Central Planning, Yale University Press 1964, p. 81
of the Accelerated Realization of
the New System of Management, State Commission for
Management and Organization, Praha, May 1966.
A similar formulation can be found in P. Samuelson
(economics, Mc. Graw-Hill 1964, p. 15). According
to Samuelson, problems of economic organization include
three basic and mutually connected processes:
1) What commodities shall be produced and in what
2) How shall goods be produced? That is, by whom and with
what resources and in what technological manner are they to
3) For whom shall goods be produced?”, in other words
problems of distribution and utilization.
Beyond the Welfare State, Yale University Press, 1963, p.
The role of “subject” in social development is discussed by
Oliver Tenzer in his article “Filosofické problemy zakonitosti
ekonomickych procesu” (‘Philosophical Problems of Economic
Politickd ekonomie, No. 8/1966. He stresses there the
activity of subject “even toward natural laws”. Subject “makes
laws to work in such a way as to give rise to new necessary
processes”. Exactly the same thing is shown by our example of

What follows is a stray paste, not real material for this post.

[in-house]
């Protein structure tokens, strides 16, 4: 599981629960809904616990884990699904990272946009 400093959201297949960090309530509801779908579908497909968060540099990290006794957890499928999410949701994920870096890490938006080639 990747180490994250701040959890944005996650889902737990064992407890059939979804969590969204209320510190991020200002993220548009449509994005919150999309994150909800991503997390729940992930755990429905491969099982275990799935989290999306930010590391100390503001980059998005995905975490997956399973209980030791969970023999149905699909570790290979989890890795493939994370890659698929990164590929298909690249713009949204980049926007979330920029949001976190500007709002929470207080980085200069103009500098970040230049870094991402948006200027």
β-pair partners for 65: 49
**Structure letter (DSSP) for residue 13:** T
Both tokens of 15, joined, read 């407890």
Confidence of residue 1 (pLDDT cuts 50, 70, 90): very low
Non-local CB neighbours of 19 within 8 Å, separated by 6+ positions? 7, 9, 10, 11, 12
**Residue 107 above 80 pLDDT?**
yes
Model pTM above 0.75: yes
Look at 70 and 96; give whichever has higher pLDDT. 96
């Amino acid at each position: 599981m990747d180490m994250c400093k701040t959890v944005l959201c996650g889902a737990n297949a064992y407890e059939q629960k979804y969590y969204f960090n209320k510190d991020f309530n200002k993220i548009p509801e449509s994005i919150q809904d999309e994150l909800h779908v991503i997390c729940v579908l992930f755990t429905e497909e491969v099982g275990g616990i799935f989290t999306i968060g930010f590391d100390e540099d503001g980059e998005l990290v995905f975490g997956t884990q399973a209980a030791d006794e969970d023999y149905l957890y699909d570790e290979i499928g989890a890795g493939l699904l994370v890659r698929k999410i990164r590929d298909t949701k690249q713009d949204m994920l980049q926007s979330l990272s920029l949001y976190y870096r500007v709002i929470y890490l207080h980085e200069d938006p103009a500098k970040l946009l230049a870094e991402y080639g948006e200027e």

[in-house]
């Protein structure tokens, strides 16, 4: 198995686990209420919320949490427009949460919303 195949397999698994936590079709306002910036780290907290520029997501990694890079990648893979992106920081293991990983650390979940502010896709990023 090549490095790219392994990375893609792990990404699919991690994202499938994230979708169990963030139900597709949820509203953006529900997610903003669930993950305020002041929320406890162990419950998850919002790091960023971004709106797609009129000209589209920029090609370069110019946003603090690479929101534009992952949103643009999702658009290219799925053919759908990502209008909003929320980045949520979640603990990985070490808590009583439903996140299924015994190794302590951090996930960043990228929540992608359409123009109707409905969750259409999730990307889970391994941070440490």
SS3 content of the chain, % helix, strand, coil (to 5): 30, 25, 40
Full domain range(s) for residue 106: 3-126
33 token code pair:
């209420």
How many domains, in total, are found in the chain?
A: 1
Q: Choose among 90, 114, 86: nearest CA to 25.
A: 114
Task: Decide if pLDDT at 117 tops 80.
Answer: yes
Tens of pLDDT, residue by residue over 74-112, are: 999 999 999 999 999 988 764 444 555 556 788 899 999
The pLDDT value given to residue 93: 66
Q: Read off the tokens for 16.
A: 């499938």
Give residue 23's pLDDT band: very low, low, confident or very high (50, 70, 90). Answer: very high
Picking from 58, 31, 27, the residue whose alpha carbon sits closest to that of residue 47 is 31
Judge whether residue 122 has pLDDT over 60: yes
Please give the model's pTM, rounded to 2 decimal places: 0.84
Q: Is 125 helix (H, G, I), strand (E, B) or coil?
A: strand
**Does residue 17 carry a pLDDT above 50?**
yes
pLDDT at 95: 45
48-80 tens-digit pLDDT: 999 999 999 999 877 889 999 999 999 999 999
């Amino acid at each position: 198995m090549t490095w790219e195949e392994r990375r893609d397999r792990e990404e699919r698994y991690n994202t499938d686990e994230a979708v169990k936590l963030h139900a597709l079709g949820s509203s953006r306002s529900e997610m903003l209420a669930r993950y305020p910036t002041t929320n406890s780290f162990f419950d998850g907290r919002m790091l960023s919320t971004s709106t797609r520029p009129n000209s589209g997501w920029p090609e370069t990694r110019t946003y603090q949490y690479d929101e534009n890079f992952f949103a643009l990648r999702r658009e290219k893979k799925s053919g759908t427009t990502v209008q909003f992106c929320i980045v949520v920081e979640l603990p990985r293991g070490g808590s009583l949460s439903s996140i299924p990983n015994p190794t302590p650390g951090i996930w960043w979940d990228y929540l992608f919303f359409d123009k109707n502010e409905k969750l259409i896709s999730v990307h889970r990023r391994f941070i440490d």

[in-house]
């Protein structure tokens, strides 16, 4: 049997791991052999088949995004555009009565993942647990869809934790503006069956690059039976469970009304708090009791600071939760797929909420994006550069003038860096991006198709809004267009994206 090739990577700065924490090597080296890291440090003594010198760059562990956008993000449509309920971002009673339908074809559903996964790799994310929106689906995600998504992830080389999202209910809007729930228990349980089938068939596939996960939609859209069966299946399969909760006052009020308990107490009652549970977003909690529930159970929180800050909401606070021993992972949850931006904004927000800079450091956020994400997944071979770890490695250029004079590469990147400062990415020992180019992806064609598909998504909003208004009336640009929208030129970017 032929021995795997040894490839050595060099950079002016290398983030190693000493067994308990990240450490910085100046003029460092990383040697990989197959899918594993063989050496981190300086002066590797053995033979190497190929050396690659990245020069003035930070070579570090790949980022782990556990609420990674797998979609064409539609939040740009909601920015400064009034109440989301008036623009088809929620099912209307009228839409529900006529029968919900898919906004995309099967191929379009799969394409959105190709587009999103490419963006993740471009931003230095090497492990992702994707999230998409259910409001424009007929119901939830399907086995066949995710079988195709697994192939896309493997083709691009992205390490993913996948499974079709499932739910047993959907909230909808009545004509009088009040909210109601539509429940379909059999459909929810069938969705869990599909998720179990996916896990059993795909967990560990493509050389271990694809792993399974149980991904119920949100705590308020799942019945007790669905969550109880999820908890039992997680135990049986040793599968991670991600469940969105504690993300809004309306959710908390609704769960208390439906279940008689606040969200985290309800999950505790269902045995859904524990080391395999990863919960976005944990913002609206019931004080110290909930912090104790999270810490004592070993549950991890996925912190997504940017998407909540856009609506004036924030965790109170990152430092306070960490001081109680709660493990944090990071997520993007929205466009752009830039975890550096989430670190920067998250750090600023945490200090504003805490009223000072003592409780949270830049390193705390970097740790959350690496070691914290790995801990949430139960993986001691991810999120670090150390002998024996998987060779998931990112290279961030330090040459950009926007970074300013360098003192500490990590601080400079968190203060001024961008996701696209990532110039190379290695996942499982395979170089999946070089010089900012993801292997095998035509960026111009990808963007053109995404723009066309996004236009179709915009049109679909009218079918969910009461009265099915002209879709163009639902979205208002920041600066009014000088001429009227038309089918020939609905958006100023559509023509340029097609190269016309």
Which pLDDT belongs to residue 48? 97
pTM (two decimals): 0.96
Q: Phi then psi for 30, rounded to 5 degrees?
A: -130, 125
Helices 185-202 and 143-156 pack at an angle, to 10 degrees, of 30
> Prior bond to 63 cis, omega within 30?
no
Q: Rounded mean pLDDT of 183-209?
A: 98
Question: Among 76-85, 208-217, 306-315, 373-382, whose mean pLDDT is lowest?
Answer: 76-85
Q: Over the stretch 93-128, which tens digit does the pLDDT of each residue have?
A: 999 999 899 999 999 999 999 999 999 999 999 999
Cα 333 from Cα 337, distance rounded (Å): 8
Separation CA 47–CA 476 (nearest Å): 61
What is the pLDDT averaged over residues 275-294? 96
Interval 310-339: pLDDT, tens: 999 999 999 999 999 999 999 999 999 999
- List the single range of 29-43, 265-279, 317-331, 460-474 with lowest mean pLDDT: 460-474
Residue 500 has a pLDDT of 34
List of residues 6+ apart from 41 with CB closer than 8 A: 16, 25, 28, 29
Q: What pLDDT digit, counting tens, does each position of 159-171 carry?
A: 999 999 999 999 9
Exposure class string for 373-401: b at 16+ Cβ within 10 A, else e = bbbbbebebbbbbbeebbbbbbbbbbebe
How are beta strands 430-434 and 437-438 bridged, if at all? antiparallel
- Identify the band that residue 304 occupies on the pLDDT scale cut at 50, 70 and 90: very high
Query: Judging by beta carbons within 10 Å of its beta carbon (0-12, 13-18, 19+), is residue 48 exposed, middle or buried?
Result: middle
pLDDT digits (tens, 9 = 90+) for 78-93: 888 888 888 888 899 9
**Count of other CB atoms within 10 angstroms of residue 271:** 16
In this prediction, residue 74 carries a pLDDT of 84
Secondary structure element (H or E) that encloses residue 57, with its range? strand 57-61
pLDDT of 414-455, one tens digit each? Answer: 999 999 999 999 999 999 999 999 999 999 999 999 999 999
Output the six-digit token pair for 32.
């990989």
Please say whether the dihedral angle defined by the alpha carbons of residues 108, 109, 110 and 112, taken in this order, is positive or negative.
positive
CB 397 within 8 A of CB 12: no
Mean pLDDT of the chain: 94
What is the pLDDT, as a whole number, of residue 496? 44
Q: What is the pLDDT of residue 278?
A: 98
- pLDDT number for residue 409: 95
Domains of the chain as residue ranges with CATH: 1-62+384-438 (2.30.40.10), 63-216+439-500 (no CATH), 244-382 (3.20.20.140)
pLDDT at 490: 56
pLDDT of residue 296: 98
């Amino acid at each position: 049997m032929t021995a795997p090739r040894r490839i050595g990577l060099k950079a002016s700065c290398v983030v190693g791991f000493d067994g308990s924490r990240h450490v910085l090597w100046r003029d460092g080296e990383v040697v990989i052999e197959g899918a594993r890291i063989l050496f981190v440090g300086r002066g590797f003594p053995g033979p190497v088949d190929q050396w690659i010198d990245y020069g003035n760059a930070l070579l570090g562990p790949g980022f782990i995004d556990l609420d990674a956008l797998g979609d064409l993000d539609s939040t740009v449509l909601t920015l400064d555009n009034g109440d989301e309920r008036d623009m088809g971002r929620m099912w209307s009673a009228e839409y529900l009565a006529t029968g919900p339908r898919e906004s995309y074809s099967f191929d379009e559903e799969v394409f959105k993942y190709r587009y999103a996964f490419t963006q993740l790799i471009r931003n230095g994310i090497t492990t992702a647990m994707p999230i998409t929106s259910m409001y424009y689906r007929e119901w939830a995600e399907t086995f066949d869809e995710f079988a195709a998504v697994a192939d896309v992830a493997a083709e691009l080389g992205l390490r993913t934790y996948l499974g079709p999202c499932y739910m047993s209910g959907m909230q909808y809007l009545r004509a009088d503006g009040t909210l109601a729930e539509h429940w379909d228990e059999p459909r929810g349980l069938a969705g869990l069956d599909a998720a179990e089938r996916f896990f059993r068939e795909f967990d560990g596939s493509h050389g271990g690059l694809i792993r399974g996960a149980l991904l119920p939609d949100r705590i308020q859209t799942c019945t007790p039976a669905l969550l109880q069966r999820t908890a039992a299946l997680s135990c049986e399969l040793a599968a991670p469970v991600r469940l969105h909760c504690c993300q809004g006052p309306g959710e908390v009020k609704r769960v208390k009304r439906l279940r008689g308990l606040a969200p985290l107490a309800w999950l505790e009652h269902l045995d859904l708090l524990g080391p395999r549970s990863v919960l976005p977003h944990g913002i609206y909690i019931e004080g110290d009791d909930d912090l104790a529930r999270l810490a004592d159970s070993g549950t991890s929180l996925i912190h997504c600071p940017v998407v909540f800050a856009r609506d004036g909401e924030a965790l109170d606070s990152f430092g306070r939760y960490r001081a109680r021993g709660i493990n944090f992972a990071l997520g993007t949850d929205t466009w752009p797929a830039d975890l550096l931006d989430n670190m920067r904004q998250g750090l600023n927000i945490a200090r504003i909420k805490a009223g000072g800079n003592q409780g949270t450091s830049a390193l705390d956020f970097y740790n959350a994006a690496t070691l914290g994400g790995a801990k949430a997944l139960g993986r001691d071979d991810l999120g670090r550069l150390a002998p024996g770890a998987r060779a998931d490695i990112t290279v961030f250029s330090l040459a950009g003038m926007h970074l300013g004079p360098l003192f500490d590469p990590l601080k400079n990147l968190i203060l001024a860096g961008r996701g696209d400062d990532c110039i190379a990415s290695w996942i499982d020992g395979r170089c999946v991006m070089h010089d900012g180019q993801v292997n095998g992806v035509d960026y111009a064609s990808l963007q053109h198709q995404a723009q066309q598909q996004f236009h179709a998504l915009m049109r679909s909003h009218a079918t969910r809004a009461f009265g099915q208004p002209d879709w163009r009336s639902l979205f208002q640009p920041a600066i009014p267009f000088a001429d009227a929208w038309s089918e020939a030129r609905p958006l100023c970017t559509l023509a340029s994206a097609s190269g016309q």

economic laws. In another place Tenzer writes “Objectivity of
economic (as well as of all other social) laws does not rest...
in their existing outside, and idependently of the subject. A
subject, as an intelligently acting factor, is part of these
laws.” This is the general characteristic. In our notes we
endeavor to present a more detailed and perhaps also a
quantifiable delineation of the share of the subject. We
therefore emphasize the problem of many levels and complex
structures of social evolution and laws.
By economic equilibrium we mean a state in which
the supply of products and factors of production does not drop
below demand, and in which all production activity is realized
with a zero profit. (We are using here the terminology of the
equilibrium theory. In the Marxist terminology this means
average profit.) The existence of this equilibrium can be shown
by a linear static model. See K. J. Arrow, G. Debreu, “Existence
of an Equilibrium for a Competitive Economy.”
Vol. 22, 1954, p. 265—90. Keynes’ theory further shows
that under suitable distribution of resources, it is possible in
an equilibrium to make supply equal demand at least in the case
of one production factor.
R. Dorfman, P. A. Samuelson, R. M. Solow,
Linear Programming and Economic Analysis, McGraw-Hill
1958, chapter 13 and 14.
Socialist economics. Survey of Contemporary economics,
Irwin 1948, page 414.